Nonprofit leaders have encountered numerous challenges over a few short weeks. How can we pursue our mission when our office is closed? Can we continue to make payroll? How do we recover after cancelling major fundraisers?
Husch Blackwell’s COVID-19 Response Team has compiled numerous resources to help nonprofit leaders adapt to new legislation, including the Families Forward Coronavirus Response Act and the Coronavirus Aid, Relief, and Economic Security Act (“CARES Act”). You can find these resources here, with an article specifically directed to nonprofit leaders here.
As nonprofits adapt to a changing landscape, the question remains: what’s next? As our attorneys speak with nonprofit leaders, nearly every conversation veers toward whether the institution can establish a level of giving that allows it to perform its mission in the future.
The nonprofit landscape seems to be moving toward two competing realities: (1) nonprofits have slowed their appeals to donors, while (2) giving continues at historic levels, or even increases. Many firm nonprofit clients saw a steep decline in giving immediately following federal, state, and local shelter-in-place orders. In addition, nonprofits that see giving tied to physical events – most notably religious institutions – have been hardest hit.
But the situation is not as dire as many feared. Fidelity Charitable recently worked with Artemis Strategy Group to survey over 1,800 adults in the U.S. who donated at least $1,000 to charity in 2019. The results of the survey are fascinating:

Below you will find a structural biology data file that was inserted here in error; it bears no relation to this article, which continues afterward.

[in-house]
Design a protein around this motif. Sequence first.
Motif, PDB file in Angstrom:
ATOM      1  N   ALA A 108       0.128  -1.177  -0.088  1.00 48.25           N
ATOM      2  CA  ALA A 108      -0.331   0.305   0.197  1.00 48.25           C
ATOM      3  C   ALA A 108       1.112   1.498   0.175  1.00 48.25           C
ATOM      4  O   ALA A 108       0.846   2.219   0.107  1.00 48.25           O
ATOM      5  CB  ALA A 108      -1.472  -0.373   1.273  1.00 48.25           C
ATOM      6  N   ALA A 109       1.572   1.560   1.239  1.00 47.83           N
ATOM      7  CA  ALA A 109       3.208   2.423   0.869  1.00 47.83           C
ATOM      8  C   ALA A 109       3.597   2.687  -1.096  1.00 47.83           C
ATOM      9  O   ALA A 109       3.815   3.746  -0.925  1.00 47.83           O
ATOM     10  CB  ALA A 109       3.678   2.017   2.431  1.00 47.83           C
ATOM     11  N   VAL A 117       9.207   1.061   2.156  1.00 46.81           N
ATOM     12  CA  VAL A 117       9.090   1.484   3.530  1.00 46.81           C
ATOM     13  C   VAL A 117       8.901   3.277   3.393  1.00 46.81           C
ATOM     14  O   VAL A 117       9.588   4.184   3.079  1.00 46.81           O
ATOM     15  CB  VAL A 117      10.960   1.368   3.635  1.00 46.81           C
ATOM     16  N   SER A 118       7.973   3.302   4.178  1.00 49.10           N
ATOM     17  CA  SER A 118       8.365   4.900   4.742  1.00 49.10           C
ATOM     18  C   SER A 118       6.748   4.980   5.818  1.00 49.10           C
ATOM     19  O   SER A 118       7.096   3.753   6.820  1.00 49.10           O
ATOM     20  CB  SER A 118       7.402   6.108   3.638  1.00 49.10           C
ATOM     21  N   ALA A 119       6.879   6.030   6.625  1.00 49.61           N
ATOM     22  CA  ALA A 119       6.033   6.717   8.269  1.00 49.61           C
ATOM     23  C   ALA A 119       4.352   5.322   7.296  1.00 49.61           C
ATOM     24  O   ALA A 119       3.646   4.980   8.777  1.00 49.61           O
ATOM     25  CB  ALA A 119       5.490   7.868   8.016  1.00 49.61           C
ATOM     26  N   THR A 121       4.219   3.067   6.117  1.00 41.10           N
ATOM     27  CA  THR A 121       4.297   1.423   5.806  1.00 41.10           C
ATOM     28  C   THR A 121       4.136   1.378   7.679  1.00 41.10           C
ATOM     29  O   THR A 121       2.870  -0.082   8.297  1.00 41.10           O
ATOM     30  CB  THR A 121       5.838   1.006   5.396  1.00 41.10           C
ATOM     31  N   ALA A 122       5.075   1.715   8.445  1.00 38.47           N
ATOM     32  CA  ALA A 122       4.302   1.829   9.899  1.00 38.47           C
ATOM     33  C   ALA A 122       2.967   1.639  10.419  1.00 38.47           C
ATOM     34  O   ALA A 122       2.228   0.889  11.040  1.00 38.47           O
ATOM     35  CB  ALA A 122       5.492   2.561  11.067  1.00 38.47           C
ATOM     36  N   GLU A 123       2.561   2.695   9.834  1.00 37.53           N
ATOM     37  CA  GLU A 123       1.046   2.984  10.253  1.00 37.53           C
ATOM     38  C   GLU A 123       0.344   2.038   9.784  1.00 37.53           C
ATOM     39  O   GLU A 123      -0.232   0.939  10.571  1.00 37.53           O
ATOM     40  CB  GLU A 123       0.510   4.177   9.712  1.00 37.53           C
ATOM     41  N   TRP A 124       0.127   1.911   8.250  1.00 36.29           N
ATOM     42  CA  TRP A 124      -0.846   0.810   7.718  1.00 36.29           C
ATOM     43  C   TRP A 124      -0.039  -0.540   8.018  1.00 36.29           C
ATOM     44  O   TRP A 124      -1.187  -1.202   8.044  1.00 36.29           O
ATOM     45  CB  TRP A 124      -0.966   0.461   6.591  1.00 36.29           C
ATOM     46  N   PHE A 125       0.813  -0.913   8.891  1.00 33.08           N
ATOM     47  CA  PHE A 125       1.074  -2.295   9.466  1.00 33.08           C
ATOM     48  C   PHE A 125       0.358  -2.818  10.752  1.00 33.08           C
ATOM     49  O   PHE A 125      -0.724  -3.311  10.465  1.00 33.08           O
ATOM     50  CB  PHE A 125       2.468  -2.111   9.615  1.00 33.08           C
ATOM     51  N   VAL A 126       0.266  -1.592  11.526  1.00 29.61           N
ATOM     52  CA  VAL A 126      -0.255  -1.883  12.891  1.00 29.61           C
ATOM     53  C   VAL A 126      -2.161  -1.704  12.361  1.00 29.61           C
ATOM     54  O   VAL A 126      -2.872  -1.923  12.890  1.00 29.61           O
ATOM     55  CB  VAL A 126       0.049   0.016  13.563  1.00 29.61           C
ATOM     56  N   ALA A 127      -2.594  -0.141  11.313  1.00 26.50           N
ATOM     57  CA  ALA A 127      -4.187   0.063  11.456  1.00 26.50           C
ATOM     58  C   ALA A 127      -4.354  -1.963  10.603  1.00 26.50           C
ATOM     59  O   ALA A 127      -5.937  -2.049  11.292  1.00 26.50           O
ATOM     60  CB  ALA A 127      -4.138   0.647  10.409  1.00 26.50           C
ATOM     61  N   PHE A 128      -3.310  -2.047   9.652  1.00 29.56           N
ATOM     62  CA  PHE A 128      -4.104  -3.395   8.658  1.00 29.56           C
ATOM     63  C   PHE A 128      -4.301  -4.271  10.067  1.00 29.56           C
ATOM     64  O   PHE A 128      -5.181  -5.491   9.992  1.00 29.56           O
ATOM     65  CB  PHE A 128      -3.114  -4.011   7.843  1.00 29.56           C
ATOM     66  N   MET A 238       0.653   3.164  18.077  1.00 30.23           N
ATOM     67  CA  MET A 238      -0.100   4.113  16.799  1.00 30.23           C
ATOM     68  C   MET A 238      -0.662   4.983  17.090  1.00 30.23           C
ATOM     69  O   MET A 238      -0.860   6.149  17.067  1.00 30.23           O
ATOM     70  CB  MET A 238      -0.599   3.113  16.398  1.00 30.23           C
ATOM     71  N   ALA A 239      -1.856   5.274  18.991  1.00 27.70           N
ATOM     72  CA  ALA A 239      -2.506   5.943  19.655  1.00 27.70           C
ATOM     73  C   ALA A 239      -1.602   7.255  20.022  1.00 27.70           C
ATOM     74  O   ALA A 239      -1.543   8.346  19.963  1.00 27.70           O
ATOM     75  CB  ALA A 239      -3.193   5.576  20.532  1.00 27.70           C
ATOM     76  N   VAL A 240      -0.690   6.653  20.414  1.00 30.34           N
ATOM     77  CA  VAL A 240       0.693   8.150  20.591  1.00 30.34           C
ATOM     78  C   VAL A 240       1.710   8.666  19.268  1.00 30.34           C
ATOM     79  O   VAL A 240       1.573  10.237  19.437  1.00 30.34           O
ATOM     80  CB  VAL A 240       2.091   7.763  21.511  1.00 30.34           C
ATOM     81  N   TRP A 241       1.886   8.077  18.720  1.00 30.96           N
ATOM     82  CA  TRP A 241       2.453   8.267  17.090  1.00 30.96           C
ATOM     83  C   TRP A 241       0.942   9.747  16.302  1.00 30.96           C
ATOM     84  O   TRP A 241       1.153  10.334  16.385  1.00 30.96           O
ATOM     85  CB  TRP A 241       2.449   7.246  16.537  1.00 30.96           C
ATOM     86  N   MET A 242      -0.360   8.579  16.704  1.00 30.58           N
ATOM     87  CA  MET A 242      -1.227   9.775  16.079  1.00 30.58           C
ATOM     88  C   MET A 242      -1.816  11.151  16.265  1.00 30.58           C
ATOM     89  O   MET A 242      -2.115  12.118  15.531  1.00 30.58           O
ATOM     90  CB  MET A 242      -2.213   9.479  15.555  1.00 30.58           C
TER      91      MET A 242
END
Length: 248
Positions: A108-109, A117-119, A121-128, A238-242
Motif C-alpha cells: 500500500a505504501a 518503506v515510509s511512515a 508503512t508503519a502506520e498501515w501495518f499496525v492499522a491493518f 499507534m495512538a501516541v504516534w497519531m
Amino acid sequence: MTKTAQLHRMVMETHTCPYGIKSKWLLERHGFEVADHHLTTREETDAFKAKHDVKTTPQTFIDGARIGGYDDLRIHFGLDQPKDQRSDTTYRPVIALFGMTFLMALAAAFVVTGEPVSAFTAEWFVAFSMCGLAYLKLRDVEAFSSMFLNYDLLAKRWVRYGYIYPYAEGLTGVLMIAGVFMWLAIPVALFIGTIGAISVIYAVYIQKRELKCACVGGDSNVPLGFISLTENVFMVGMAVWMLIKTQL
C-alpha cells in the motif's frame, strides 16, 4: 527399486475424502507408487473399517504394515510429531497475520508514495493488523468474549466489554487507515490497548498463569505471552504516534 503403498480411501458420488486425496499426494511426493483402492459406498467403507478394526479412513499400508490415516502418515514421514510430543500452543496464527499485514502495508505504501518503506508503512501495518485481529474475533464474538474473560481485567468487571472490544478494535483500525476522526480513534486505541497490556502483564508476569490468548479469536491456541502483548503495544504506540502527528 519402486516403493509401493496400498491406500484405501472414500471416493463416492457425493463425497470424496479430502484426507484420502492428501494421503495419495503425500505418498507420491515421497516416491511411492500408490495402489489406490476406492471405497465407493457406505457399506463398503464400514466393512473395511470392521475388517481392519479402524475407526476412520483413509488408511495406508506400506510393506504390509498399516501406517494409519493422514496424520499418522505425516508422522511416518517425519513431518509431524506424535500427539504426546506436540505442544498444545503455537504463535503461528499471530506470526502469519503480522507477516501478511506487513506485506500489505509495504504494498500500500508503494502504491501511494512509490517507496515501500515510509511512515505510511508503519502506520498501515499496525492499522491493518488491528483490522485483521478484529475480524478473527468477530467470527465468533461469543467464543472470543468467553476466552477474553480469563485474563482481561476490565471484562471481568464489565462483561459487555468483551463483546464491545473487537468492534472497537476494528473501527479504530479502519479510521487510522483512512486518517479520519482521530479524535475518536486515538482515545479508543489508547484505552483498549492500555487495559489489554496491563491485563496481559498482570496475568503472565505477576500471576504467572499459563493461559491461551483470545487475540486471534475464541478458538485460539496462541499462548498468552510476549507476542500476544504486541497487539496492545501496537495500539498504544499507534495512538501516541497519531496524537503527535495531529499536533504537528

- 25% of respondents expected their financial giving to increase in 2020. The primary reasons given for the increase in funding were the increased need and the desire to assist in times of trouble.
- A majority of respondents – 54% – reported that COVID-19 will have no impact on their philanthropic giving.
- Only 9% of respondents expected their financial giving to decrease. The primary reasons given for a decrease in funding were an uncertain financial outlook and worries about a recession.
- The approach to giving in times of crisis is generational, with younger generations more likely to increase their giving. A full 46% of Millennials expected to increase their philanthropic giving in 2020.
- A large number of donors – 43% – intended to direct their donations to nonprofits that they have supported in the past, with only 16% planning to shift their giving to different nonprofits.
- A majority of donors – 58% – intend to direct their giving to address local or domestic response to the COVID-19 pandemic, with donors nearly evenly split between supporting the economic and health impacts of the pandemic.
- Nearly one in three donors feels that they lack the information needed to understand how to direct their giving to help address the impact of COVID-19. This uncertainty is more pronounced in older generations.
- Not surprisingly, 47% of donors report that their volunteer activities will decrease or stop altogether over the coming months.